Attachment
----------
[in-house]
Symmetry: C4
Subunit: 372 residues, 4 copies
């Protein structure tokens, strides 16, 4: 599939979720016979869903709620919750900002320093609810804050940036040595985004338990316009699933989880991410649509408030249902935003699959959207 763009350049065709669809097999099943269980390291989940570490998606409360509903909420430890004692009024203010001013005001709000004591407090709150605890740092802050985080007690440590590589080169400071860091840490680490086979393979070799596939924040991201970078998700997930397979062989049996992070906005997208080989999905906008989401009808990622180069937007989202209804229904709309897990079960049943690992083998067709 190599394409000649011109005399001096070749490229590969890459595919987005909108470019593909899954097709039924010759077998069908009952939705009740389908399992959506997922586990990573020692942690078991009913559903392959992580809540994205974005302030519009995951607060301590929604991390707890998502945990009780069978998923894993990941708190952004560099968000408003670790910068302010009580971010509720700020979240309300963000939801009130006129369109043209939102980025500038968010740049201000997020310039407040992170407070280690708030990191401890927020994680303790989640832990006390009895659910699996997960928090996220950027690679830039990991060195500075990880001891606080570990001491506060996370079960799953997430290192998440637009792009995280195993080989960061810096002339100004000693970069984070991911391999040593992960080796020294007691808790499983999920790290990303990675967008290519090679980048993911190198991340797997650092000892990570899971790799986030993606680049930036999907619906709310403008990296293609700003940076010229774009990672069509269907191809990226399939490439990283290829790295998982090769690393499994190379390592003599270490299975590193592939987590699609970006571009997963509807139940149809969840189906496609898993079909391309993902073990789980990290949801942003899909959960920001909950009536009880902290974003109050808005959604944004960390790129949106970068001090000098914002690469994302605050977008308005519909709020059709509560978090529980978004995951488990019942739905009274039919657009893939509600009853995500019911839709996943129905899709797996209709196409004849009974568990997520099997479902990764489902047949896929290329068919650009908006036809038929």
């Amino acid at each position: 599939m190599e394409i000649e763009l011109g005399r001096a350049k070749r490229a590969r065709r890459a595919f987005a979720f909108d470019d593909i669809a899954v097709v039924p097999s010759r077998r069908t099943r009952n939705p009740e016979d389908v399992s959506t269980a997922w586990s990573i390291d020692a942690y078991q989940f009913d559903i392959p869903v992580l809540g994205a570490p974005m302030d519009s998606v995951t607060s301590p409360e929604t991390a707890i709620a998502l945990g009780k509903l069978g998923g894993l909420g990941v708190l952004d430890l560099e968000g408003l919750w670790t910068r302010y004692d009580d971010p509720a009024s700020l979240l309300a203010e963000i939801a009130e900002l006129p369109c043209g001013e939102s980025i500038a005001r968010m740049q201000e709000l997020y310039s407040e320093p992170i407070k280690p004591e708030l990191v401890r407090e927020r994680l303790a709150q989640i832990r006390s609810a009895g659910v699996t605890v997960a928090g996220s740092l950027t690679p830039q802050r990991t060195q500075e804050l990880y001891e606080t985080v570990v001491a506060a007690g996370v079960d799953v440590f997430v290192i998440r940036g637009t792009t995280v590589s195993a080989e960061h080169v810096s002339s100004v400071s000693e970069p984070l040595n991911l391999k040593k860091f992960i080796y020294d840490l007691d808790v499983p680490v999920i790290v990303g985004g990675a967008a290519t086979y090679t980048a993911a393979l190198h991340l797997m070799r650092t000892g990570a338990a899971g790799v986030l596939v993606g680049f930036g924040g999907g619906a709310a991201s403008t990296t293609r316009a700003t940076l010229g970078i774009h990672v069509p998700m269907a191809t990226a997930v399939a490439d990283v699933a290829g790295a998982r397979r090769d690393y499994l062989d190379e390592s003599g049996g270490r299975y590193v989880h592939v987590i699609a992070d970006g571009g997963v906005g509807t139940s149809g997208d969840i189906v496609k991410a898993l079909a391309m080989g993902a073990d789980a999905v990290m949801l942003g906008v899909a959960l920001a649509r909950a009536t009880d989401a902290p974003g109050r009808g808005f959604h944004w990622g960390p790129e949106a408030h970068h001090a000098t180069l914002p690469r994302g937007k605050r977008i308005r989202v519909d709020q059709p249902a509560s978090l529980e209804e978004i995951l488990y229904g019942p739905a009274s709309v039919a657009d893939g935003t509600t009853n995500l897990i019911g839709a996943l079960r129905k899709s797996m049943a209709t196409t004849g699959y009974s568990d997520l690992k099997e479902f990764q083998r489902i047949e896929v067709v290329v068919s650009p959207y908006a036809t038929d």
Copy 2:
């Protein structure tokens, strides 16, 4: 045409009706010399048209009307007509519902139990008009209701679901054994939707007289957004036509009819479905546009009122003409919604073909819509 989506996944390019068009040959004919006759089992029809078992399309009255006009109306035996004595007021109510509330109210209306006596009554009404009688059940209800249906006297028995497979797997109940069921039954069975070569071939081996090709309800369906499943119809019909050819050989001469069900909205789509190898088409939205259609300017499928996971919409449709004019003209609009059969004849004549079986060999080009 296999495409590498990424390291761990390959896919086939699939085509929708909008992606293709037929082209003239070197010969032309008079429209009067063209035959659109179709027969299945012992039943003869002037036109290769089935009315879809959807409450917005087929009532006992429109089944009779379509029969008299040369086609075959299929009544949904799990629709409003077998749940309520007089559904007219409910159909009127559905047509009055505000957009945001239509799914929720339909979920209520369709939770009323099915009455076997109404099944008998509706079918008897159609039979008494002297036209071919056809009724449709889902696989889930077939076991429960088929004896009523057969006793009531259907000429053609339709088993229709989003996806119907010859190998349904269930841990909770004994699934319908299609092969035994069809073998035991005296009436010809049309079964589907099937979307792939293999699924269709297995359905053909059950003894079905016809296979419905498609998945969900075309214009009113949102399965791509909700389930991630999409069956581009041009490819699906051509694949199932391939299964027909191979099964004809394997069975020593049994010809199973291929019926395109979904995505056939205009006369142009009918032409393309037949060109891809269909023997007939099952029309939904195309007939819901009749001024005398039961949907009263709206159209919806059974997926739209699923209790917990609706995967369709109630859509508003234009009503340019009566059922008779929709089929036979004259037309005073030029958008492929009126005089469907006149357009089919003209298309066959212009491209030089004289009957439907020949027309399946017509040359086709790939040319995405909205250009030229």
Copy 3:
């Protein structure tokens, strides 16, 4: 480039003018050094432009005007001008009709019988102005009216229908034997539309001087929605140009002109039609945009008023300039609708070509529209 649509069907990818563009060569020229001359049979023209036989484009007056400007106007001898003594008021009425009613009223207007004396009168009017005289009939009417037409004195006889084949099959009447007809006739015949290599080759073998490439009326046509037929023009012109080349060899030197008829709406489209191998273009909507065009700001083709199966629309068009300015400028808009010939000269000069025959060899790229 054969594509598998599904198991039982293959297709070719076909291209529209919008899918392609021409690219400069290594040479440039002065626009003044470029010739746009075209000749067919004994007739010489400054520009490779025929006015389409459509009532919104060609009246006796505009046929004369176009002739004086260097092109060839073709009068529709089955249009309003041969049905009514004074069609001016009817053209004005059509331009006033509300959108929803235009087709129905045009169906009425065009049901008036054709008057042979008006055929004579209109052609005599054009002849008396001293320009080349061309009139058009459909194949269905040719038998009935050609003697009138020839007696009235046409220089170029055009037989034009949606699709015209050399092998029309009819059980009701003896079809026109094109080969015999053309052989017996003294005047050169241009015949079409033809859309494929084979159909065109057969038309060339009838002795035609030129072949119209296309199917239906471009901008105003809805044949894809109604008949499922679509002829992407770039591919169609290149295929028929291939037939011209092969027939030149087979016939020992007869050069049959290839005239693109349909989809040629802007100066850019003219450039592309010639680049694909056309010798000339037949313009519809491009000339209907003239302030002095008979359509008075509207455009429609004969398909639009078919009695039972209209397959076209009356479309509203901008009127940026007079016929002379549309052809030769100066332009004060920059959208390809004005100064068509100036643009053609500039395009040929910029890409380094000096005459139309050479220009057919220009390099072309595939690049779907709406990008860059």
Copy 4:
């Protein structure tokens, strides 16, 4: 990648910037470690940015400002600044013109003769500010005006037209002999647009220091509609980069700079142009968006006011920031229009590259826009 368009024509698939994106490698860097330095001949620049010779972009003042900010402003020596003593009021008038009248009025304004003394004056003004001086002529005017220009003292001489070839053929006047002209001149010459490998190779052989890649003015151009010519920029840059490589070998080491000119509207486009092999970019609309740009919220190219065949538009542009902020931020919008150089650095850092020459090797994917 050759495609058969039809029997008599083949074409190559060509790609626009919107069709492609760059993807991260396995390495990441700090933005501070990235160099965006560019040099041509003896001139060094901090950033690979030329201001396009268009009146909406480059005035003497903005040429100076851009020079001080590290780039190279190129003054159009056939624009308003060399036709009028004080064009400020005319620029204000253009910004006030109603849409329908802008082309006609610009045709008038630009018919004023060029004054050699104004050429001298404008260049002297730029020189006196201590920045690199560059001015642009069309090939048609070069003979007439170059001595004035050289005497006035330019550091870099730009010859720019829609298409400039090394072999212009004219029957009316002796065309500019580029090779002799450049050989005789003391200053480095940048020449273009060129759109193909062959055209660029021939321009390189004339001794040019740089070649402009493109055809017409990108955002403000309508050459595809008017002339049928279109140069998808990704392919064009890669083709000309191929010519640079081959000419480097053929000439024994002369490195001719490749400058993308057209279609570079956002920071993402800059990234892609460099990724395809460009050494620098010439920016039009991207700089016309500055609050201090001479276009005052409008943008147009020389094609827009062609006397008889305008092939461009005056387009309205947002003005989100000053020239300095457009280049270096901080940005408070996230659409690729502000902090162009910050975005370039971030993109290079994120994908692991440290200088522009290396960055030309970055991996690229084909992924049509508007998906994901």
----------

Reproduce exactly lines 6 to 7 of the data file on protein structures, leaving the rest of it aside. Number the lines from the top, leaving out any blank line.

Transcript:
Copy 2:
């Protein structure tokens, strides 16, 4: 045409009706010399048209009307007509519902139990008009209701679901054994939707007289957004036509009819479905546009009122003409919604073909819509 989506996944390019068009040959004919006759089992029809078992399309009255006009109306035996004595007021109510509330109210209306006596009554009404009688059940209800249906006297028995497979797997109940069921039954069975070569071939081996090709309800369906499943119809019909050819050989001469069900909205789509190898088409939205259609300017499928996971919409449709004019003209609009059969004849004549079986060999080009 296999495409590498990424390291761990390959896919086939699939085509929708909008992606293709037929082209003239070197010969032309008079429209009067063209035959659109179709027969299945012992039943003869002037036109290769089935009315879809959807409450917005087929009532006992429109089944009779379509029969008299040369086609075959299929009544949904799990629709409003077998749940309520007089559904007219409910159909009127559905047509009055505000957009945001239509799914929720339909979920209520369709939770009323099915009455076997109404099944008998509706079918008897159609039979008494002297036209071919056809009724449709889902696989889930077939076991429960088929004896009523057969006793009531259907000429053609339709088993229709989003996806119907010859190998349904269930841990909770004994699934319908299609092969035994069809073998035991005296009436010809049309079964589907099937979307792939293999699924269709297995359905053909059950003894079905016809296979419905498609998945969900075309214009009113949102399965791509909700389930991630999409069956581009041009490819699906051509694949199932391939299964027909191979099964004809394997069975020593049994010809199973291929019926395109979904995505056939205009006369142009009918032409393309037949060109891809269909023997007939099952029309939904195309007939819901009749001024005398039961949907009263709206159209919806059974997926739209699923209790917990609706995967369709109630859509508003234009009503340019009566059922008779929709089929036979004259037309005073030029958008492929009126005089469907006149357009089919003209298309066959212009491209030089004289009957439907020949027309399946017509040359086709790939040319995405909205250009030229």